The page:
4. boardhead

    TS5 capsize

    Does that boat have escape hatches?
  5. boardhead

    Hydra Net vs 3Di

    That really is odd! I started SDI in 2004 as a consultancy/design resource primarily multihull related. In that time, of the boats equipped with HydraNet wardrobes, - Brown 34, Hughes 40, Burrage 40, Newick 35, two Farrier 39's, TRT 1200, Lady Hawk 37 and an Aerorigged Crowther 30 - not one of those sails has been replaced, few ever even repaired, whilst the laminates I specified for their perceived racing advantage, are mostly shot. In particular, the subject of this discussion is about to replace her second suit of laminates, which I had advised against, never having reached her performance potential with those often rebuilt sails. I well recall a very lengthy conversation with Tim Woodhouse, owner of Hood sails, who insisted that woven Spectra could never work - problem is HydraNet does work.
  6. boardhead

    MOD 70 vs. ORMA 60 - what's next?

    Tough to pitch pole upwind and the OSTAR was certainly influential on ORMA development - greater beam spells higher RM for a given weight and the 18 knot upwind @ 90 degree angle was real. Center hull length is somewhat irrelevant to diagonal stability in anything but mass. Square trimarans are more appropriate in smaller sizes, in bigger boats the increased mass delivers RM with relatively lower beam. So the boats can only be optimized for a given purpose - beyond the box rule - for ORMA I recall the limited sprit length and provision of an inboard engine were required after Olivier Moussy was lost in the Quebec- St Malo. The Race in 2000 saw no trimarans, all catamarans and probably represented their swansong in that down wind sleigh ride. Team Philips was the innovative member of that race but sadly never made the start due to a massive structural fail. ORMA was inshore, offshore, single, shorthanded and fully crewed and rhe boats delivered all round! French corporate spending and national pride had a huge influence on multihull development from 1966 to the present so what is the meal ticket for the future? My enjoyment and involvement lay in the private owner/builder era which involved smaller but equally exciting multihulls - will that path revive - probably not.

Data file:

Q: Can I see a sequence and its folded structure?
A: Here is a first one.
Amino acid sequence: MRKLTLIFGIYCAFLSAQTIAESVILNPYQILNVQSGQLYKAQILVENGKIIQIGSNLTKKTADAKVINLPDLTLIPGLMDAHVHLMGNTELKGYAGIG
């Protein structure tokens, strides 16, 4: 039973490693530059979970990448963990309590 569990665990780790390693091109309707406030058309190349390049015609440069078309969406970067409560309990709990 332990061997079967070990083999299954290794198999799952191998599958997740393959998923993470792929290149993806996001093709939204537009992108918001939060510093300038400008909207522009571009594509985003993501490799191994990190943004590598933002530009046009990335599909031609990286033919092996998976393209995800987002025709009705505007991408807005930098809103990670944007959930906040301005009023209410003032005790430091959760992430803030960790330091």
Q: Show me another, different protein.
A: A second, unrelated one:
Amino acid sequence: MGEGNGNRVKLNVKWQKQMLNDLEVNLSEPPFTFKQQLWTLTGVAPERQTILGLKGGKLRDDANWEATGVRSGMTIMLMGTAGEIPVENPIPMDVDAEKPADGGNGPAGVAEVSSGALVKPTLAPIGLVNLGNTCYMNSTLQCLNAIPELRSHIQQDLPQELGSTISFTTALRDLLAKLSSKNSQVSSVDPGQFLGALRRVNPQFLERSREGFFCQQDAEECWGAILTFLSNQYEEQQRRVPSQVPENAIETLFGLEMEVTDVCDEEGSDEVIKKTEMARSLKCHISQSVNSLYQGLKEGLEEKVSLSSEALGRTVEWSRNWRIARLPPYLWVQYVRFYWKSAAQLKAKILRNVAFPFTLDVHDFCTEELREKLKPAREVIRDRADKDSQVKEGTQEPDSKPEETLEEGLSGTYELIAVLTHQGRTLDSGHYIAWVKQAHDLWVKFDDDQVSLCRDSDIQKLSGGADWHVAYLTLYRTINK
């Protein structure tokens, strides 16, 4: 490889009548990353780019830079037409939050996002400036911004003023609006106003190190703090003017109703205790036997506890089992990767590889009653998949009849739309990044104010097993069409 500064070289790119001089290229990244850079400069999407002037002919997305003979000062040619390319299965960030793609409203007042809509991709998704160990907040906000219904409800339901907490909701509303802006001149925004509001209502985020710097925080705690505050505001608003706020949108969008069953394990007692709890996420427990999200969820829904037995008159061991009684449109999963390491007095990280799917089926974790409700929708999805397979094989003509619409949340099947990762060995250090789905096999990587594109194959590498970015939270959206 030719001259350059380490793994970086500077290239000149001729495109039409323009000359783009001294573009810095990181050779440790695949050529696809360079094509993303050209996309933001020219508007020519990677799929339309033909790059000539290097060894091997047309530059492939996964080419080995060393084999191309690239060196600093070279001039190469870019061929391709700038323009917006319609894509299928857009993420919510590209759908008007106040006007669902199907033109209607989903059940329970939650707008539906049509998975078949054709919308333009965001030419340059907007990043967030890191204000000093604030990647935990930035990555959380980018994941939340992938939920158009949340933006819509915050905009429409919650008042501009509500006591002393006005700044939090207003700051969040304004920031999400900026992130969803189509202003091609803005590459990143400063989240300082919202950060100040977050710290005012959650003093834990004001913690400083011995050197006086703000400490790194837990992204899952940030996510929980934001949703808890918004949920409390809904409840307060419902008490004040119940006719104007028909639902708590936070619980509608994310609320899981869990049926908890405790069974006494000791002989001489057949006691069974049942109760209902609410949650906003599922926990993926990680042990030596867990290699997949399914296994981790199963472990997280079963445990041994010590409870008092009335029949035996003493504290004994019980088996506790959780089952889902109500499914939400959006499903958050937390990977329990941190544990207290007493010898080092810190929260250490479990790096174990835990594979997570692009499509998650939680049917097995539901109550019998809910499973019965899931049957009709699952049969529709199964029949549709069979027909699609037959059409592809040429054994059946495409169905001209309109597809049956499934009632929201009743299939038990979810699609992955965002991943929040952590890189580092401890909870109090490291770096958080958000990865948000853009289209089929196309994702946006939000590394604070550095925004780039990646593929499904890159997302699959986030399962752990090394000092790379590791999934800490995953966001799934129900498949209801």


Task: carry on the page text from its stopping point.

7. boardhead

    MOD 70 vs. ORMA 60 - what's next?